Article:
Norway is a country with a highly educated population and extensive natural resources, as well as an open economy. The expansion of petroleum industry activity has been a key driver for economic growth in Norway over several decades. Growing petroleum industry demand has boosted mainland economic activity and contributed to higher revenues and an increasing number of well-paid jobs. The petroleum industry will remain important for the Norwegian economy for decades to come, but the dramatic oil price fall in 2014 as well as environmental arguments for heading towards a low-carbon emission society have called upon the government to reduce the production of oil and gas in Norway. The key challenge for Norway is to create new, profitable jobs in the private sector exposed to international competition. There is a need for new activity that can promote high employment and high overall economic growth, in order to safeguard the level of welfare.
For more detailed information in English on recent economic development, see: Key Figures in the National Budget 2023 and OECD Economic Forecast Summary for Norway.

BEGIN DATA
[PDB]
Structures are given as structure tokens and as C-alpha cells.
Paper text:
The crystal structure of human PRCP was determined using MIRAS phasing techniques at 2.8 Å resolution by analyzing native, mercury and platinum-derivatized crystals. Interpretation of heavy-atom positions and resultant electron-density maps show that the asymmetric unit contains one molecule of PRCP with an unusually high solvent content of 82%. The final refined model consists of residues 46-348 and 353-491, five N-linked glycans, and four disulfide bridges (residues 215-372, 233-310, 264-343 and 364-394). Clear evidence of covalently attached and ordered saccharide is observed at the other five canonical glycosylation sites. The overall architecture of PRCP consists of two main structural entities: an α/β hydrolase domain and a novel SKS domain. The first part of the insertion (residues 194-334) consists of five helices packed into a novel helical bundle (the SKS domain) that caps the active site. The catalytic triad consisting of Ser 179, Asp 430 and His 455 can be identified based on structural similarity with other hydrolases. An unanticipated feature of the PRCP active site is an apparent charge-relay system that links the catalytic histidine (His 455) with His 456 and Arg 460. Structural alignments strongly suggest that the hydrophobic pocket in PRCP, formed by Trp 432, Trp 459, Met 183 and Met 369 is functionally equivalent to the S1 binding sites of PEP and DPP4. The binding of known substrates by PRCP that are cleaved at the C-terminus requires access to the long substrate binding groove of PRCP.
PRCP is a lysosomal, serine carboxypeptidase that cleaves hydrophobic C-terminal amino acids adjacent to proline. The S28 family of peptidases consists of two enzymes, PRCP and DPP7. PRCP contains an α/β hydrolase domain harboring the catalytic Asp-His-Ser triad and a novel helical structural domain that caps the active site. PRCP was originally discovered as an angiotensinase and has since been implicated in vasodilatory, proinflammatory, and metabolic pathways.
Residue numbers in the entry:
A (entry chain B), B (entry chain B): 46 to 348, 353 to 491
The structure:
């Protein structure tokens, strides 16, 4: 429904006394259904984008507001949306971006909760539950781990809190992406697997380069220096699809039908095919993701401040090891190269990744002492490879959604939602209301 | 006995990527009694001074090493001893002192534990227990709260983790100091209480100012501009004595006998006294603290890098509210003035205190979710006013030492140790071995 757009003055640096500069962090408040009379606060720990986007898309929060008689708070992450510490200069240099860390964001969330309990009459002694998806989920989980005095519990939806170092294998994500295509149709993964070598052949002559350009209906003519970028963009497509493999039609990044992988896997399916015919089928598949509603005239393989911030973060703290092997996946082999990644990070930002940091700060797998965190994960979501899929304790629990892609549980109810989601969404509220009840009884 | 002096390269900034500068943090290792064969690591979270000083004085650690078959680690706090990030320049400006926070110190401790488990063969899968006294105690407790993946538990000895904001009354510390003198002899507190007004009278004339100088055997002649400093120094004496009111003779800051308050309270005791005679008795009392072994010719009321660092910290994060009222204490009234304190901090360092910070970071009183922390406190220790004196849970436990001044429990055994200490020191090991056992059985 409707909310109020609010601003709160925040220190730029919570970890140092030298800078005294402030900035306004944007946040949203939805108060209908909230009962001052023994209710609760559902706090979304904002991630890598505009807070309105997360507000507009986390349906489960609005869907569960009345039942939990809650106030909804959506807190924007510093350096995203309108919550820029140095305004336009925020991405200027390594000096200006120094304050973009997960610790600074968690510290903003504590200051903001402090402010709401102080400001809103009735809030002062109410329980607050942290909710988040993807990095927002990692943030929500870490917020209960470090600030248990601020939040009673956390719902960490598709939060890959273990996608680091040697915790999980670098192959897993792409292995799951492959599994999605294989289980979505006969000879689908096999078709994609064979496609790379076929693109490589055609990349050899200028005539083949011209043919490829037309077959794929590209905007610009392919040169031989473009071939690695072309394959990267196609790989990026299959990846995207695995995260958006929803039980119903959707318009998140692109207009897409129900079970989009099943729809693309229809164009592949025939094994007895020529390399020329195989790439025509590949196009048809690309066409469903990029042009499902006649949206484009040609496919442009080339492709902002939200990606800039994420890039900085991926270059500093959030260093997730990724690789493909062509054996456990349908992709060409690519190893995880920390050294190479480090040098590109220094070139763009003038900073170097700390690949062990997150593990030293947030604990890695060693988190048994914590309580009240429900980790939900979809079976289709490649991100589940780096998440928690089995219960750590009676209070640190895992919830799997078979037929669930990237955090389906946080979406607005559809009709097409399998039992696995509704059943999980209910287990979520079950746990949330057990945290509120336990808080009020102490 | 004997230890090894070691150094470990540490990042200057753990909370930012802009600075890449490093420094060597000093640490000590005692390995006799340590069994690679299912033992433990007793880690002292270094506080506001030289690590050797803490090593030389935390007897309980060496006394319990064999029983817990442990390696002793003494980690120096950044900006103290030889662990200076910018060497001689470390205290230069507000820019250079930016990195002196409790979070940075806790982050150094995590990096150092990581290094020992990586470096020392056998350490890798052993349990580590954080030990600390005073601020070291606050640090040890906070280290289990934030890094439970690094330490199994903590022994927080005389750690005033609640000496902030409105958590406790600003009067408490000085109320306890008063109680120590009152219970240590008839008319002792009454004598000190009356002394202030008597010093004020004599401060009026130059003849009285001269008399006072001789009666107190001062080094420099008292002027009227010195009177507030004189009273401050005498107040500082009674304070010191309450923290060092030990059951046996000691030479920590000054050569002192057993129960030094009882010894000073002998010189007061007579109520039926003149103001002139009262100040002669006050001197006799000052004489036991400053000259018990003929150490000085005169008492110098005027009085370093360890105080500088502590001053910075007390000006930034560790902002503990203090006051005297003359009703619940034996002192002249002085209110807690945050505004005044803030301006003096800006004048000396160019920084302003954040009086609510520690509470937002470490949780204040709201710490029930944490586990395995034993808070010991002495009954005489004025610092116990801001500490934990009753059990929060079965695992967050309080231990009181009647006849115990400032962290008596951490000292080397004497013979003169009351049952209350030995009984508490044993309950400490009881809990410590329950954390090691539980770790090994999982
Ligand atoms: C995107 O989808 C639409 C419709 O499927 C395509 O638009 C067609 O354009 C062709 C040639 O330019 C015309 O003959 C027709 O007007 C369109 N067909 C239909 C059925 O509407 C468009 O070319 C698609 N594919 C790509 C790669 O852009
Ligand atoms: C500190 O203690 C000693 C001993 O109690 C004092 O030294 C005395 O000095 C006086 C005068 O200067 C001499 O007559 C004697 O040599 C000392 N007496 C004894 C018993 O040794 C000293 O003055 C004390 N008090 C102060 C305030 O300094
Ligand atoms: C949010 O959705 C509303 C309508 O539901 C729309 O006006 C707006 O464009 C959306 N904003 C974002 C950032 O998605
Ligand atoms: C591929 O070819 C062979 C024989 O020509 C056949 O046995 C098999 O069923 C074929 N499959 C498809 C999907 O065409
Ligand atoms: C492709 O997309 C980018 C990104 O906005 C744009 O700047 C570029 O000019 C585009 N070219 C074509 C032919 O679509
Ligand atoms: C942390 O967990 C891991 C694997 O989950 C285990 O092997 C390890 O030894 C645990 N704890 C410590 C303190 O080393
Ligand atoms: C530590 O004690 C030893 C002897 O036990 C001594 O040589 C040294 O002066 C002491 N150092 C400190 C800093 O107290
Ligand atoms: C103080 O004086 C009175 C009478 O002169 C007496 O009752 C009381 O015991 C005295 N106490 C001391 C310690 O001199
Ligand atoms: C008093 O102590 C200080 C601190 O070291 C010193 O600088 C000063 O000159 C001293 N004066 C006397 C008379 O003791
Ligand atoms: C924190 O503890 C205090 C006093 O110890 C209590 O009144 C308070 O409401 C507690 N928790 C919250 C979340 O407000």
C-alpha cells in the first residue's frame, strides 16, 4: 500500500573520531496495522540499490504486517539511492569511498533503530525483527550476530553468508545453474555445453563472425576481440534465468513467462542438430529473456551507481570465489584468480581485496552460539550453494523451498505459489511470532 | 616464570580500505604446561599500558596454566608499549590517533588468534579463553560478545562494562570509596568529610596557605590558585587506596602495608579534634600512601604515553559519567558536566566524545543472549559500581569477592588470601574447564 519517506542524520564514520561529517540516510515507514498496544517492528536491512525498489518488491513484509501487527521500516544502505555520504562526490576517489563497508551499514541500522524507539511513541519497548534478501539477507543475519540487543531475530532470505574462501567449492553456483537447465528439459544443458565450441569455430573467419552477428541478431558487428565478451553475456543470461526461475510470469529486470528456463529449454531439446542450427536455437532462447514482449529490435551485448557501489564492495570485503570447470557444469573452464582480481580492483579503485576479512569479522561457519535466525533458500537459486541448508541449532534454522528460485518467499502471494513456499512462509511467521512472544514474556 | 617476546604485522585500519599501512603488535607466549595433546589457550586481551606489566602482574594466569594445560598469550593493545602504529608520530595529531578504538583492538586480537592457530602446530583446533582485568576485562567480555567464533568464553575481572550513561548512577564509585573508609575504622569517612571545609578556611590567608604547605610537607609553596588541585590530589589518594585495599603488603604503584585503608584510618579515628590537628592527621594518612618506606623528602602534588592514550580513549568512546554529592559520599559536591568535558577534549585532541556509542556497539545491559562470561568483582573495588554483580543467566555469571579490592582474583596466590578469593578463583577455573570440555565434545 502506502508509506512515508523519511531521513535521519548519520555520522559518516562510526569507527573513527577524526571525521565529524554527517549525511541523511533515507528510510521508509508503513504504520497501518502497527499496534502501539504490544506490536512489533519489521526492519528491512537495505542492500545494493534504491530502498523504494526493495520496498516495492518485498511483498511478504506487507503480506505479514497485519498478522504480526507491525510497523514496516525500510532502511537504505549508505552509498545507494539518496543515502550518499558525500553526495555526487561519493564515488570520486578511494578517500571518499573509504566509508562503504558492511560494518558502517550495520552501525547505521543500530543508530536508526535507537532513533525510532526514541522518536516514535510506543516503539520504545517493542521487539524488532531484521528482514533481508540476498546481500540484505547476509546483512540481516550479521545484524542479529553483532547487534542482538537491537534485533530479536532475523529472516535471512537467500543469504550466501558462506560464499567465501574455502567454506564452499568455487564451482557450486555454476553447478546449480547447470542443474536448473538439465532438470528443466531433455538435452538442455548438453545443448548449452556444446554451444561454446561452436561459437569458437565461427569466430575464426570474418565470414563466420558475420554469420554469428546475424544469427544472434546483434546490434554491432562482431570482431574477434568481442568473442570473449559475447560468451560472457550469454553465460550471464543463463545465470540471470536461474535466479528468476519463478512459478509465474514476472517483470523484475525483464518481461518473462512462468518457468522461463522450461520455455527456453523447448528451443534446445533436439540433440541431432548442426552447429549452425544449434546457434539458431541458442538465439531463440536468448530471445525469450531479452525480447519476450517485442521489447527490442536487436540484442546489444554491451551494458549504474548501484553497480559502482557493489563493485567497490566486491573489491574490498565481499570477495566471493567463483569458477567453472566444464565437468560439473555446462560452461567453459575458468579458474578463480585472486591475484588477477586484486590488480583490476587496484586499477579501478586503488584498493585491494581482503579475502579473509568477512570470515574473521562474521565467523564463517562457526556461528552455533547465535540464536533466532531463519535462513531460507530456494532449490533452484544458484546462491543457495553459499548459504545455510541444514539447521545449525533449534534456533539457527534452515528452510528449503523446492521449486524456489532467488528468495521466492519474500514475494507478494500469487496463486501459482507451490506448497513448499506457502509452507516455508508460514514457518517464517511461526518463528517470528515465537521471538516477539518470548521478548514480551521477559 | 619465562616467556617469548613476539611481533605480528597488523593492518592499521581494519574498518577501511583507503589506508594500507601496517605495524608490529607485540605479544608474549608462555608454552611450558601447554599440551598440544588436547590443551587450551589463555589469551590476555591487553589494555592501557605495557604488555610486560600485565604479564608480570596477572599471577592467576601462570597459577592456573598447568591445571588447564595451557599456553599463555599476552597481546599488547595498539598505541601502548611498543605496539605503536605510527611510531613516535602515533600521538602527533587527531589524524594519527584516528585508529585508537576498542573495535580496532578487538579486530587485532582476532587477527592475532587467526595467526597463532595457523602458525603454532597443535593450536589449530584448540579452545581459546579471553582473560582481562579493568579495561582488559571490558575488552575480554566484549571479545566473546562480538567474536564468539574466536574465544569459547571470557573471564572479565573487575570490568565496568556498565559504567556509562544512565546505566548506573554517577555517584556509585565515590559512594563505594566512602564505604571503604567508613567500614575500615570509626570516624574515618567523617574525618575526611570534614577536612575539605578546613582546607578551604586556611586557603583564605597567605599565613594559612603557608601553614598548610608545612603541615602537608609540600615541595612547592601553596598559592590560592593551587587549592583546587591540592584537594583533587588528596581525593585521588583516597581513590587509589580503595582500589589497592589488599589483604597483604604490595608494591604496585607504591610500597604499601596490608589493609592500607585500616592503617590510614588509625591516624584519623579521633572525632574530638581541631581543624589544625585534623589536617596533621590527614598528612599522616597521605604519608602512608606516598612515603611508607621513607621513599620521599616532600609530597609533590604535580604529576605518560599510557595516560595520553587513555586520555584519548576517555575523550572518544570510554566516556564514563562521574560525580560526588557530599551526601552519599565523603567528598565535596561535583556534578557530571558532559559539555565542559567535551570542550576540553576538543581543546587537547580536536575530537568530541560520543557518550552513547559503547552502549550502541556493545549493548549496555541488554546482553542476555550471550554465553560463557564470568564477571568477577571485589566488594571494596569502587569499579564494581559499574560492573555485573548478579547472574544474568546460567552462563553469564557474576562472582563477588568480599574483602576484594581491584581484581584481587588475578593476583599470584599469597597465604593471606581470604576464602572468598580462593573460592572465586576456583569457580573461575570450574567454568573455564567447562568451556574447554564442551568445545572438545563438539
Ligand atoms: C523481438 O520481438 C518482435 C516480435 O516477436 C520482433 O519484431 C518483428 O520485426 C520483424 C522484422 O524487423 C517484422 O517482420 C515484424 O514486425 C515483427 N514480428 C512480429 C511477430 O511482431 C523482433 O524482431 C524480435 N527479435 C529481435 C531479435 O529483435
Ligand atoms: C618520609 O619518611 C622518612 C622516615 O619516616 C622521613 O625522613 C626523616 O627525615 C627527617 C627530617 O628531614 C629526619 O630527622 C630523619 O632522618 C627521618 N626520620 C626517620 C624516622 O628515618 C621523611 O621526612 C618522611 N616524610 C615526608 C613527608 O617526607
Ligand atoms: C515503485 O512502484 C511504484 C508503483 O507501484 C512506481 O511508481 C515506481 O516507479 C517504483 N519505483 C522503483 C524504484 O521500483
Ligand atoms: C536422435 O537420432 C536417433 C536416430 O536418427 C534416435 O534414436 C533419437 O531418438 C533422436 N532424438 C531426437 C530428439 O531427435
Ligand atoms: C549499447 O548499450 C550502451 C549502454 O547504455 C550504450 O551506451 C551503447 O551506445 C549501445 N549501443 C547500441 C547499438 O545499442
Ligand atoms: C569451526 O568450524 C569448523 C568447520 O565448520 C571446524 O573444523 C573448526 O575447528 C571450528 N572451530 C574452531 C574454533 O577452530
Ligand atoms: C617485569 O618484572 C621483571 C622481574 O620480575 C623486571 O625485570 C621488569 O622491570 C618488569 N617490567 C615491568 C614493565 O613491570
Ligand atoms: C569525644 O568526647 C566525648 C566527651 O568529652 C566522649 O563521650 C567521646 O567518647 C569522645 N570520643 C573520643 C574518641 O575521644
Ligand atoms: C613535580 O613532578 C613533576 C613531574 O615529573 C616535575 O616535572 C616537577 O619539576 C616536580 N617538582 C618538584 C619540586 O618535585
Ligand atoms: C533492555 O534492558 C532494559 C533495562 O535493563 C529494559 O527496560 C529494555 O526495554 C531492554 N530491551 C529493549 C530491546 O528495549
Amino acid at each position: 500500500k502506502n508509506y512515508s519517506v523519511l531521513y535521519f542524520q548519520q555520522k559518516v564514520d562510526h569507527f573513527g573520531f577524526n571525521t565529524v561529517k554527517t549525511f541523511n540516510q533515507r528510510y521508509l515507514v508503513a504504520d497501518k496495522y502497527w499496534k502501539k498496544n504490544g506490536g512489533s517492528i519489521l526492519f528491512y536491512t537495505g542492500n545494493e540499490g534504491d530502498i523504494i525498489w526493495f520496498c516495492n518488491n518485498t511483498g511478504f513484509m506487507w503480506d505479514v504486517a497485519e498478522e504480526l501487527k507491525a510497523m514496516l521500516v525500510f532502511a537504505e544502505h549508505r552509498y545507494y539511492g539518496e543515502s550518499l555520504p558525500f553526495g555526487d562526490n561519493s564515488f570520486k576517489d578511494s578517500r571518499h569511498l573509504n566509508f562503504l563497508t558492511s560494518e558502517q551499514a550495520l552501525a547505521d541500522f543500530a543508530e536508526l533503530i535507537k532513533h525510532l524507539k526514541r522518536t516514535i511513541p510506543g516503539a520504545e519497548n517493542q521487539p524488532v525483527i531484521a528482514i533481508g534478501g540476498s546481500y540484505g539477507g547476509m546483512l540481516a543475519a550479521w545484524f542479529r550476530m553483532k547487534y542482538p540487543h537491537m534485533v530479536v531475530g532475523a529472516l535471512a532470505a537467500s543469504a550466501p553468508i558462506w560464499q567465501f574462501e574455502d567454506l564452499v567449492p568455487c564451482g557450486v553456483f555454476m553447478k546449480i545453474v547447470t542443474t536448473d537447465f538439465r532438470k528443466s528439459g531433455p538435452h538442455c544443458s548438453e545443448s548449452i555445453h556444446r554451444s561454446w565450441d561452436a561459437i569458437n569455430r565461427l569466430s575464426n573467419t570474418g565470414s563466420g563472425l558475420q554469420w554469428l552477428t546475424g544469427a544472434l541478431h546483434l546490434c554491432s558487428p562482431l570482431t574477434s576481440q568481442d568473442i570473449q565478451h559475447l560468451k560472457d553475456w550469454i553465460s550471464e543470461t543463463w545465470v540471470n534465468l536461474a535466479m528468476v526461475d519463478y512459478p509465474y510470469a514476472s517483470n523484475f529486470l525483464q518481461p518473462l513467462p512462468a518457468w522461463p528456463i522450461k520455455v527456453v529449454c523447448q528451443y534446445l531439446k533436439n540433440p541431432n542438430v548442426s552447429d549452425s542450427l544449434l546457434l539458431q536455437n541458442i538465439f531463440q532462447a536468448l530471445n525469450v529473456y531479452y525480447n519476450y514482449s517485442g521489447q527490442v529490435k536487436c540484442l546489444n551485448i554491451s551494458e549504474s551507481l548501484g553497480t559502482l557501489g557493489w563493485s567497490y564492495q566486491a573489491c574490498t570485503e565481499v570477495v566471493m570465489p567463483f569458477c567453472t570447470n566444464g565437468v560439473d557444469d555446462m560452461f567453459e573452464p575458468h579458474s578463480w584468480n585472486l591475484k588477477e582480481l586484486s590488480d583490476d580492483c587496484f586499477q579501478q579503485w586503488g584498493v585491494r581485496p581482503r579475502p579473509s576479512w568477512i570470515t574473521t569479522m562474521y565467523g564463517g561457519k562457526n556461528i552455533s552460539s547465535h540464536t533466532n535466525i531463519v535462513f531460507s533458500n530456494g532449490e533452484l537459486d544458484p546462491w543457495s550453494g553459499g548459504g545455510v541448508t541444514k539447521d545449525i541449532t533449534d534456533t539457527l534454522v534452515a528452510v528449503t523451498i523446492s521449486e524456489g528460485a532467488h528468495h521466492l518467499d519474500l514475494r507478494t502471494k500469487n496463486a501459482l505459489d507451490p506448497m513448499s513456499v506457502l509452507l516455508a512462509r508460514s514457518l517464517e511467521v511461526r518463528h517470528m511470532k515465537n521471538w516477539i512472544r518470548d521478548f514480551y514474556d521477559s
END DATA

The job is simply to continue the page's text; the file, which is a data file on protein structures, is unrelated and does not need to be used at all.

Educational attainment of the adult population
Education at a Glance 2021 shows that the Norwegian population has a relatively high level of education. In Norway, 43% of the population in the age group 26–64 had higher education. By comparison, the EU average was 32%. The share of the Norwegian population with a master's degree is however lower than the average in the OECD and EU countries. The percentage of the population for whom an upper secondary education was their highest level of education was 36% for Norway while the EU average was 40%. The percentage of the population without upper secondary education was 18% in Norway and 19% in the EU countries.
Educational attainment of 25-64 year-olds (2021).
Below Upper secondary
Short cycle tertiary
Doctoral or equivalent
Source: Education at a Glance 2021 Table A1.1